Taiwan refused on Wednesday to renew the license of a news channel widely seen as pro-China, effectively shutting it down, citing evidence of interference from a Beijing-friendly tycoon amid fears over China’s campaign to win support on the island.
The rejection of CTi cable’s request is the first time Taiwan has shut, even though indirectly, a television news station since the regulator, the National Communications Commission was set up in 2006.
The decision provoked immediate anger from CTi and Taiwan’s main opposition party, which called it an attack on media freedom.
Taiwan’s government has repeatedly said China has stepped up efforts, including a media campaign, to infiltrate and gain influence on the democratic island, which Beijing considers its own and has threatened to use force to bring under its control.
Commission head Chen Yaw-shyang said the rejection decision was unanimous and cited accusations of interference in CTi’s editorial independence by major shareholder Tsai Eng-meng, who runs one of China’s largest food firms, Want Want China Holdings Ltd.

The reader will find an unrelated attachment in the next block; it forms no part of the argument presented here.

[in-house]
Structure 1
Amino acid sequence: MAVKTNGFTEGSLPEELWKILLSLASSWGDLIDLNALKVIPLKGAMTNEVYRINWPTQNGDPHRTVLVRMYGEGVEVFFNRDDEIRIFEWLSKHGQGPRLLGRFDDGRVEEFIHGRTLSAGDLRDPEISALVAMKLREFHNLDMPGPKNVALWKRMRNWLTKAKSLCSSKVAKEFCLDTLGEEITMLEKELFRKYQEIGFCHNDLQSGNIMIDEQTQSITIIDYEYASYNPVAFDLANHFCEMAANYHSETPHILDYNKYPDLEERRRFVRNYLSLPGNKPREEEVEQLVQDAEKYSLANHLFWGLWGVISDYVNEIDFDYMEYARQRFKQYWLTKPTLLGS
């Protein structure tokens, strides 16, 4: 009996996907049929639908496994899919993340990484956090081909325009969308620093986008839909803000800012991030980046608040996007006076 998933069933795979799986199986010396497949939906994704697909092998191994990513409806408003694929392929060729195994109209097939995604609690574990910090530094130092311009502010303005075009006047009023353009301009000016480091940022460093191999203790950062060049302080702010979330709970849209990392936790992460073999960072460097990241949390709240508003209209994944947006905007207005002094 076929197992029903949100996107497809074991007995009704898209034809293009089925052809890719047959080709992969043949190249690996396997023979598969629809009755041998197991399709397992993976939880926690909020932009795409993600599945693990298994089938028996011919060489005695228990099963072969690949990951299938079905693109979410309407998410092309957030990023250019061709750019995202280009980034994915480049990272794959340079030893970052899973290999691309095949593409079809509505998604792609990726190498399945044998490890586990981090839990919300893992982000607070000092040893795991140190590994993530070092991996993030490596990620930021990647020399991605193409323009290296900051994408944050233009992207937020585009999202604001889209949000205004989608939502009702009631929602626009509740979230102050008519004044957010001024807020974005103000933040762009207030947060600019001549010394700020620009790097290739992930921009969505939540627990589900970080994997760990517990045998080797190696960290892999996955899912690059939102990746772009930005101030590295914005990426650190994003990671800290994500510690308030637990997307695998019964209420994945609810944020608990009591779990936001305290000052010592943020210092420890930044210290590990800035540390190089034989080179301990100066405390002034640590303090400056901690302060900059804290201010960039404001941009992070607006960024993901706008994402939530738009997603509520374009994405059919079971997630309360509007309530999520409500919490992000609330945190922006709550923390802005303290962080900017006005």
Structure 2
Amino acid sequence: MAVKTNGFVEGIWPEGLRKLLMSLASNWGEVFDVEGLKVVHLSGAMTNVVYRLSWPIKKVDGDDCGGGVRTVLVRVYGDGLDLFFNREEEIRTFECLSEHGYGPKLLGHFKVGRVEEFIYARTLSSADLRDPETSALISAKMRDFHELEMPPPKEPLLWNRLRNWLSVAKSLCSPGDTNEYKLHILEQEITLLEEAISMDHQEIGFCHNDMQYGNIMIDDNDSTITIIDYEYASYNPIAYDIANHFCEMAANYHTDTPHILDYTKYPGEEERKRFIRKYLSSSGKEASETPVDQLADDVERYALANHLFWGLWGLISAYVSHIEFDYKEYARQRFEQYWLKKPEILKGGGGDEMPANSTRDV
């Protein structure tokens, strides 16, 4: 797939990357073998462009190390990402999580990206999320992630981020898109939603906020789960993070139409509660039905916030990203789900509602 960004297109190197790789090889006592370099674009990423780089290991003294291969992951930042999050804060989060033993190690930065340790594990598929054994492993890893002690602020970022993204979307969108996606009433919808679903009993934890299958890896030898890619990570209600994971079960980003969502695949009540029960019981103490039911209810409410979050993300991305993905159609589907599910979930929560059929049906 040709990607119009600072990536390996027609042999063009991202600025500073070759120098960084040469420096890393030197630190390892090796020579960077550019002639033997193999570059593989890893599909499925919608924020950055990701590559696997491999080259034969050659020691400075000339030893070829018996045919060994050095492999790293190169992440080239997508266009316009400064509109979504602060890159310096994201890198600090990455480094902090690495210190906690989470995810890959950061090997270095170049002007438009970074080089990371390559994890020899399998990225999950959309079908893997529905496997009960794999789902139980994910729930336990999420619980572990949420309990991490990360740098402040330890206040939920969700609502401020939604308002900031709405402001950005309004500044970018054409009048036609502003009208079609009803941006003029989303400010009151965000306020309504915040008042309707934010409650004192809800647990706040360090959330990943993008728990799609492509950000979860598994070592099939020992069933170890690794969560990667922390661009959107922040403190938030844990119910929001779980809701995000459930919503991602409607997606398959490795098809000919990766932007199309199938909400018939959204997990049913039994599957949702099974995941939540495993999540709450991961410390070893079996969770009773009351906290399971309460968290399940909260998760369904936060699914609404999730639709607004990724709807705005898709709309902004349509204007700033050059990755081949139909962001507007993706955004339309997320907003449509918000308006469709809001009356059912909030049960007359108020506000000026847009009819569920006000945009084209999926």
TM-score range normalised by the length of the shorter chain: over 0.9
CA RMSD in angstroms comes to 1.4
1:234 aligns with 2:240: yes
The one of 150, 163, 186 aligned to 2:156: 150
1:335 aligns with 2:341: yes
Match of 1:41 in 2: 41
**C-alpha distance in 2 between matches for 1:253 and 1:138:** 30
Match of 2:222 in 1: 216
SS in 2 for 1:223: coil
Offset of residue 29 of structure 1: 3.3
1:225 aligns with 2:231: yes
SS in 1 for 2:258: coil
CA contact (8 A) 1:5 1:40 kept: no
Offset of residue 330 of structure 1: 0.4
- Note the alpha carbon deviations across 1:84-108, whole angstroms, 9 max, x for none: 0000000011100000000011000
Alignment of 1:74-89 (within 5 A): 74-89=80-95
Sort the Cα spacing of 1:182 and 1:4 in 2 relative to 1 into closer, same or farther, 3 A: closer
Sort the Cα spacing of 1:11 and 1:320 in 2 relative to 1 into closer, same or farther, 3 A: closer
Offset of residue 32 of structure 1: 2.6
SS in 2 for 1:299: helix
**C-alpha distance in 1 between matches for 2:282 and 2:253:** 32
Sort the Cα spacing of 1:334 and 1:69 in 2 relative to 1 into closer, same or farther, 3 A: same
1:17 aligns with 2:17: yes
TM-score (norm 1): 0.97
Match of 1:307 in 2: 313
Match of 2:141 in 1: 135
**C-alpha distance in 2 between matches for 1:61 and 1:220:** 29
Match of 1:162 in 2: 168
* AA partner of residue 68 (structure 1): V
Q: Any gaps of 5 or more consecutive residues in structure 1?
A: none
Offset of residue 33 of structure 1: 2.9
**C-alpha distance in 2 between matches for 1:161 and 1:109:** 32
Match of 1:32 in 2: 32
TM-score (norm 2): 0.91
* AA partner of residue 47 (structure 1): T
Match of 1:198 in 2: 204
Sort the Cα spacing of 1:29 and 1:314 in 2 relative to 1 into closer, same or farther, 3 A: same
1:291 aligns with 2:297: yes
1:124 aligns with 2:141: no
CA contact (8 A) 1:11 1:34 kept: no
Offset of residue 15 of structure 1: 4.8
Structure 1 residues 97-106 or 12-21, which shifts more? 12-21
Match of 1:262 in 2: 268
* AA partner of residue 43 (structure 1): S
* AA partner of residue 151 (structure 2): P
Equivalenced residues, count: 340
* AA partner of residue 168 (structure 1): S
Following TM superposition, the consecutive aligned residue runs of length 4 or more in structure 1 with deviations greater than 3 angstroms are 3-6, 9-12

“It is a fact that their biggest shareholder had directly interfered in the news desk of CTi,” Chen said.
CTi had been fined for several violations such as failure to check facts and endangering the public interest, he added.
“The Tsai government has closed CTi; press freedom is dead!” CTi wrote on its Facebook page in response, referring to President Tsai Ing-wen.
The channel, which vowed to fight the decision in court, has denied favouring China, saying the government is seeking to silence those who do not support its policies.
Chen said CTi received more than 920 complaints last year, about a third of the total for all news channels in Taiwan.
However, he said, there was no evidence that CTi had received Chinese government funding.
Reuters could not immediately reach key shareholder Tsai to seek comment, but he has previously rejected accusations of newroom interference.
Tsai’s family owns two television stations and several newspapers and cable networks in Taiwan.
The Kuomintang, Taiwan’s main opposition party, said it opposed the decision, as it could have a “chilling effect, strongly impacting press freedom”. Reuters